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How To

How to Sell in 60 Seconds

When selling, you have one minute to pique your prospect's interest. Here are some tips to make the most of your time.

I've always equated selling with telling, and lately I've noticed that my prospects cut me off when I am giving them my pitch. What's the best way to get my point across and win the sale?

I would imagine that this month's question has value to all of us in sales and marketing. Let's face it: Buyers are more educated than ever before. What we sales and marketing types need to focus more on is understanding our prospect's world--and the best way I know of to do just that is to ask intelligent questions. Here's a rundown of the best questions to use and when to use them. My strong suggestion is that each and every one of us should ask a whole lot more questions and speak a whole lot less.

When interacting with a prospect, you must first seek to understand what's going on in the other person's world. Then and only then will your ideas be accepted and understood by the prospect.

The best way to do this is to set strict limits on your own "talk time." Keep it under 60 seconds. Yes, you read right: You must never, ever speak for more than 60 seconds without asking for approval to continue. This approval comes when you ask open-ended "prompting" questions. Generally speaking, these questions:

The opposite of an open-ended question is a closed-ended question. Closed-ended questions, unlike the kind we've just examined, put an end to effective dialoging and will not get you any closer to a second appointment. Therefore, you should totally avoid this type of questioning as a means of getting approval to win another 60 seconds.

One example of a closed-ended question might be, "You're interested in attracting new customers, right?" The best place to use the closed-ended question is in a situation where you need to validate or confirm what you think is going on in your prospect's world. Generally speaking, closed-ended questions:

During a dialogue, if you need to make sure that you've heard the prospect correctly, you can use what's called a clarifying question. These questions, too, can win you a fresh 60 seconds. A good clarifying question might begin with the words, "So, if I understand you correctly, you're saying that...". Warning: you should always preface your clarifying question with a statement such as this and then creatively paraphrase what you think your contact's main point is. It's a really bad idea to parrot back what you've just heard your prospect say. That approach may be perceived as condescending, sarcastic and disrespectful. Generally speaking, clarifying questions:

Typically, once you clarify with your prospect, you can then use a developmental question to move the dialog in a desired direction to further understand the prospect's purpose and/or result he or she wants to achieve. These questions, too, can win you another 60 seconds of time to talk--once the contact has responded to your question, of course. Generally speaking, developmental questions:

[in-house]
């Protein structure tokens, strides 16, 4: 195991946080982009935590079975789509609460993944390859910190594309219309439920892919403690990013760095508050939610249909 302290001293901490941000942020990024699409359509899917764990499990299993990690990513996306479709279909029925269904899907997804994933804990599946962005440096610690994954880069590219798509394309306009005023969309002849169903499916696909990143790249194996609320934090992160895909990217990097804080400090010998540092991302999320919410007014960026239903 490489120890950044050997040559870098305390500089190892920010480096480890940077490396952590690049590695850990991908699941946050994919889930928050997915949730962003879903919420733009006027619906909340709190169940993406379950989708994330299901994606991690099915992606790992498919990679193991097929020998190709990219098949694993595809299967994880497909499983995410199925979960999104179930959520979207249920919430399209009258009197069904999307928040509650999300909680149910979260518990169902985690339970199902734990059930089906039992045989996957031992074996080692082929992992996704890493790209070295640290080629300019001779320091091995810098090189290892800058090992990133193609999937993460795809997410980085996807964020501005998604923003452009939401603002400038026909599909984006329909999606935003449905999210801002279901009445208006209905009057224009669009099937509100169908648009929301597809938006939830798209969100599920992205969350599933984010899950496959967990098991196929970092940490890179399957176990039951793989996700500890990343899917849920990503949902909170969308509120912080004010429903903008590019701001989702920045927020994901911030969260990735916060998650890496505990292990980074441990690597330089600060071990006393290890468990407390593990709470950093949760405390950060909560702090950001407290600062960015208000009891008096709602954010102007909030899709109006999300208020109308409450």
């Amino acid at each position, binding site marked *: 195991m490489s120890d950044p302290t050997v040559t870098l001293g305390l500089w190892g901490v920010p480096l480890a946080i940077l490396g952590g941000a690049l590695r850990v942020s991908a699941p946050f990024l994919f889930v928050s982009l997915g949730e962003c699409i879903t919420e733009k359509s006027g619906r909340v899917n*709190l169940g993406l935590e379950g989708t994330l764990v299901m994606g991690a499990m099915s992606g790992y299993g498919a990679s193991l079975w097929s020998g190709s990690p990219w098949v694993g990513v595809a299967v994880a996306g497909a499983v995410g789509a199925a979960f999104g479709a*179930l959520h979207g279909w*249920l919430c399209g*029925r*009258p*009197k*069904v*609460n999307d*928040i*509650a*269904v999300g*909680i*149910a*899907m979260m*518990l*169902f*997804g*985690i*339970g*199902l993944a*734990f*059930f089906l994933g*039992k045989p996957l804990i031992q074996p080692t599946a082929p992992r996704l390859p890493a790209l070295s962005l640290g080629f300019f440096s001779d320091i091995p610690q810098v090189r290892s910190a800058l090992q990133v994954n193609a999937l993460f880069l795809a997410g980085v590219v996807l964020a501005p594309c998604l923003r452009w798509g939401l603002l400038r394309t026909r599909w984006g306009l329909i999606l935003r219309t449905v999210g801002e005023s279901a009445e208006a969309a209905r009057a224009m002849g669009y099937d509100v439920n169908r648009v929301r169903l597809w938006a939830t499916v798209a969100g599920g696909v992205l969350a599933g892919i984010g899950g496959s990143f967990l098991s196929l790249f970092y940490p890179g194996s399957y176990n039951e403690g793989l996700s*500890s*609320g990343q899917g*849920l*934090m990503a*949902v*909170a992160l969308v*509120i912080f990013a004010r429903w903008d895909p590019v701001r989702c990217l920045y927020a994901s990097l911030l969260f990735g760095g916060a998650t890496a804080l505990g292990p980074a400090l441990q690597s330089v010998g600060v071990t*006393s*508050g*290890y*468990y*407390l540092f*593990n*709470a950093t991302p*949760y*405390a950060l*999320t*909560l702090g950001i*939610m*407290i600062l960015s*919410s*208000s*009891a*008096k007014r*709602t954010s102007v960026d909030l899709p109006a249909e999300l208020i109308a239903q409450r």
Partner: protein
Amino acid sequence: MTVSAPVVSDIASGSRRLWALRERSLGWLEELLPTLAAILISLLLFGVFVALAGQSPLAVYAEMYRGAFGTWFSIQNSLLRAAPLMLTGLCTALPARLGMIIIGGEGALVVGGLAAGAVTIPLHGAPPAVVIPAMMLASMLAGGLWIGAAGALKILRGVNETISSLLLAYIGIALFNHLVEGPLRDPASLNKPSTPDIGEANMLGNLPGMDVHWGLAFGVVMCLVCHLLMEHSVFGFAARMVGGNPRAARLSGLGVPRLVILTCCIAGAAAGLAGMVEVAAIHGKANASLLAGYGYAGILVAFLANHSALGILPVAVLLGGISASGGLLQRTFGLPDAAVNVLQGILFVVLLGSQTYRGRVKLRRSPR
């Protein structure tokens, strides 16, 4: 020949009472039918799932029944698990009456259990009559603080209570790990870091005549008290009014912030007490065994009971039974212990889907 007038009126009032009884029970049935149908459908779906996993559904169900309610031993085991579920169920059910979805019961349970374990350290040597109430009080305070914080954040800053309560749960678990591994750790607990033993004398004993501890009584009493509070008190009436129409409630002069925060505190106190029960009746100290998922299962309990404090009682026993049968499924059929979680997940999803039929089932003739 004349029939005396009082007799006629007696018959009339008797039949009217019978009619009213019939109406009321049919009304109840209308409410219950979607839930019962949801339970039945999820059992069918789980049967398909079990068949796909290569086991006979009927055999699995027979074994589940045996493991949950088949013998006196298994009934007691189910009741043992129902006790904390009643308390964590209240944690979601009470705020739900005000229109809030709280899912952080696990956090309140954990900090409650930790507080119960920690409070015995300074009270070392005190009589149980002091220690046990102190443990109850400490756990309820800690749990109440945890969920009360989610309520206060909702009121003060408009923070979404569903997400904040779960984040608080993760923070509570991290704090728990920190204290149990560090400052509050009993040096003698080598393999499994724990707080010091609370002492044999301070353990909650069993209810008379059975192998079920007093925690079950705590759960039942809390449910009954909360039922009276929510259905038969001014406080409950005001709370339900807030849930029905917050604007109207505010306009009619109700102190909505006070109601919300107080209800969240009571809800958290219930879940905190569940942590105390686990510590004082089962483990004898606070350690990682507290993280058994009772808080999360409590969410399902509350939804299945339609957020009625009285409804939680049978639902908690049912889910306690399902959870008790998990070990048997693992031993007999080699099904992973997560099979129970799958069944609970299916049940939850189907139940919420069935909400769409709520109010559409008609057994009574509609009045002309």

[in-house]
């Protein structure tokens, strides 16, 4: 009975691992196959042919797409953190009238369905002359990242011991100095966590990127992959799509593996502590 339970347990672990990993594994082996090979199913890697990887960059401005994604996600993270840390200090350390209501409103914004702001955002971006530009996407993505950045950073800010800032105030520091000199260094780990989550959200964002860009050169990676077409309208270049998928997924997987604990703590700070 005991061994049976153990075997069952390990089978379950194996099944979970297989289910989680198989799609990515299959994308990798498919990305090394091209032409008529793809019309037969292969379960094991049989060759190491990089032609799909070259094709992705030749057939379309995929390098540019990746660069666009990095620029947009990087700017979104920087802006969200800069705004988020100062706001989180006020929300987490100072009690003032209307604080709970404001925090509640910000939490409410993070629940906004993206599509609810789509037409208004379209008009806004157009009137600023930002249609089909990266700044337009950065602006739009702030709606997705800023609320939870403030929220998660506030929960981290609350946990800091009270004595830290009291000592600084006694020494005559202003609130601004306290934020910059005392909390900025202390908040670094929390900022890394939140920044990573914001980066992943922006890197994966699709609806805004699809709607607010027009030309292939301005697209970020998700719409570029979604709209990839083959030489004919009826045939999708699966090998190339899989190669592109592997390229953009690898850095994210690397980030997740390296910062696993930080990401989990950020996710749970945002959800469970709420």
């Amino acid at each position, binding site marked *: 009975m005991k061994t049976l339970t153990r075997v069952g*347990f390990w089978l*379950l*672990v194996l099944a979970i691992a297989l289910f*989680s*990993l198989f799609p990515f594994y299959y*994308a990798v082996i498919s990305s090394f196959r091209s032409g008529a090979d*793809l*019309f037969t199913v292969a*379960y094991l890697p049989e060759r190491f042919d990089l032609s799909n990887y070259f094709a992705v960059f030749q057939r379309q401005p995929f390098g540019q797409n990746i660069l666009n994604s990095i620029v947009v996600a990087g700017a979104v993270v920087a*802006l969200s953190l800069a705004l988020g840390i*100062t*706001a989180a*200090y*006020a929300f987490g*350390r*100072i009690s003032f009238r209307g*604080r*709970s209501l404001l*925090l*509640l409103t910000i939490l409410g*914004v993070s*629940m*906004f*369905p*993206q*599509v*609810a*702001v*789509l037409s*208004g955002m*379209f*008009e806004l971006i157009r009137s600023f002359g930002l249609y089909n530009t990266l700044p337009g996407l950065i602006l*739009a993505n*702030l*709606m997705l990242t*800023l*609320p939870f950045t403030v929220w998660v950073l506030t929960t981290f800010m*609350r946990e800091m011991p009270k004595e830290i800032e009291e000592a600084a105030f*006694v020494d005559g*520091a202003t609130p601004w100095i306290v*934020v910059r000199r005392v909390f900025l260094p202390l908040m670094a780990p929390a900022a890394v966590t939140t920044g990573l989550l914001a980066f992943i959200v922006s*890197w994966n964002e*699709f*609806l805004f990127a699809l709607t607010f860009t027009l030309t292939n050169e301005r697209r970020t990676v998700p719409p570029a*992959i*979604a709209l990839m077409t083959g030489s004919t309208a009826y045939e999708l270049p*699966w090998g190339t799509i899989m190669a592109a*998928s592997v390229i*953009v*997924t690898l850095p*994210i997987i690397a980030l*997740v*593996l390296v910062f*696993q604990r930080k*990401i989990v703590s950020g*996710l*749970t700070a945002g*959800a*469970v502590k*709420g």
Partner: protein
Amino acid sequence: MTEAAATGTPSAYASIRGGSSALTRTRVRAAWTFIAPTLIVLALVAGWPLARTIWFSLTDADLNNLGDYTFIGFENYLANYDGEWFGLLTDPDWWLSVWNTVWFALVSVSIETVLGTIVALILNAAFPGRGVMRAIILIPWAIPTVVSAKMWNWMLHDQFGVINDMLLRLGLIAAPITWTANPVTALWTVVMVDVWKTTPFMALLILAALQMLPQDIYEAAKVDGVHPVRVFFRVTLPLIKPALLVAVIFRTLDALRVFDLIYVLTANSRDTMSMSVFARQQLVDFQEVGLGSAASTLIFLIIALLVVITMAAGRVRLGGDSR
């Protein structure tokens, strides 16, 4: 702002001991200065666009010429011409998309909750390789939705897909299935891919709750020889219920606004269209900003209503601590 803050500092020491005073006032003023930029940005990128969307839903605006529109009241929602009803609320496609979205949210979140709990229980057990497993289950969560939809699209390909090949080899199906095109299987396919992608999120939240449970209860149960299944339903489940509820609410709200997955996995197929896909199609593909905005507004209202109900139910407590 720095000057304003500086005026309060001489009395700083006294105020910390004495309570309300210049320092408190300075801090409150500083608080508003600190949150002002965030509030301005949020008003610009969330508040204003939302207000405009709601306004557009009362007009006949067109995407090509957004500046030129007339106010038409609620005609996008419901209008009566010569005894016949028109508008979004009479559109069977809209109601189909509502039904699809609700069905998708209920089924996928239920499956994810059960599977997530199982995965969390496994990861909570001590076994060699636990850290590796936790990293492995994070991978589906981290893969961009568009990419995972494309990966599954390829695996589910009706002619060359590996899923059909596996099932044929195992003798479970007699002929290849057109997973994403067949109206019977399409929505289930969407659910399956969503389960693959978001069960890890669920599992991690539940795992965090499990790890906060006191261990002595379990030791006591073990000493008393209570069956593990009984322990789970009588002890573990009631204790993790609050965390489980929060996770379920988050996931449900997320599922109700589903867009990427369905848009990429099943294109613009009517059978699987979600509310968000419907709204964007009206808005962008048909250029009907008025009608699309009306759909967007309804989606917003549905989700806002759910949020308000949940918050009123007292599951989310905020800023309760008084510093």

Optionally, you can also use a directional question to win another 60 seconds. These questions steer the dialog to a certain direction that a developmental question just uncovered. Directional questions are like a roadmap of your conversation and allow the dialog to take another path, one that's beneficial to uncovering the prospect's purpose and needs. Generally speaking, directional questions:

Important: Don't fall into the trap of using directional questions to control or manipulate the prospect in any way. This will destroy any business rapport you've built and reduce your chances of getting a second appointment.

Another question type you can use to earn another 60 seconds of talk time is called an opinion question. This kind of question is extremely helpful in revealing where a prospect stands on any particular issue, and it can be used to give you more insight into someone's unique needs. Opinion questions are also a nonthreatening way to ensure that the other person is actually engaged in the dialog. As a general rule, opinion questions:

Finally, you can use what I call a social proof question to justify another 60 seconds of talk time. This is an indirect way of getting the other person to realize that his situation is similar to that of other people you've worked with. As with any other reference to a third party, there is the chance that your contact will respond favorably to what you cite within the question. On the other hand, there is a chance that the social proof you introduce will be looked upon as competitive or irrelevant to what's being discussed. So these questions can be tricky. Generally speaking, social proof questions:

Intelligent use of each of these question types will encourage your prospect to begin to show his or her true feelings about whatever subject is under discussion. Build business rapport with prospects, and they'll be less likely to tune out while you're delivering your pitch.

Tony Parinello is the author of the bestselling book Selling to VITO, the Very Important Top Officer . For additional information on his speeches and his newest book, Secrets of VITO , call (800) 777-VITO or visit www.sellingtovito.com .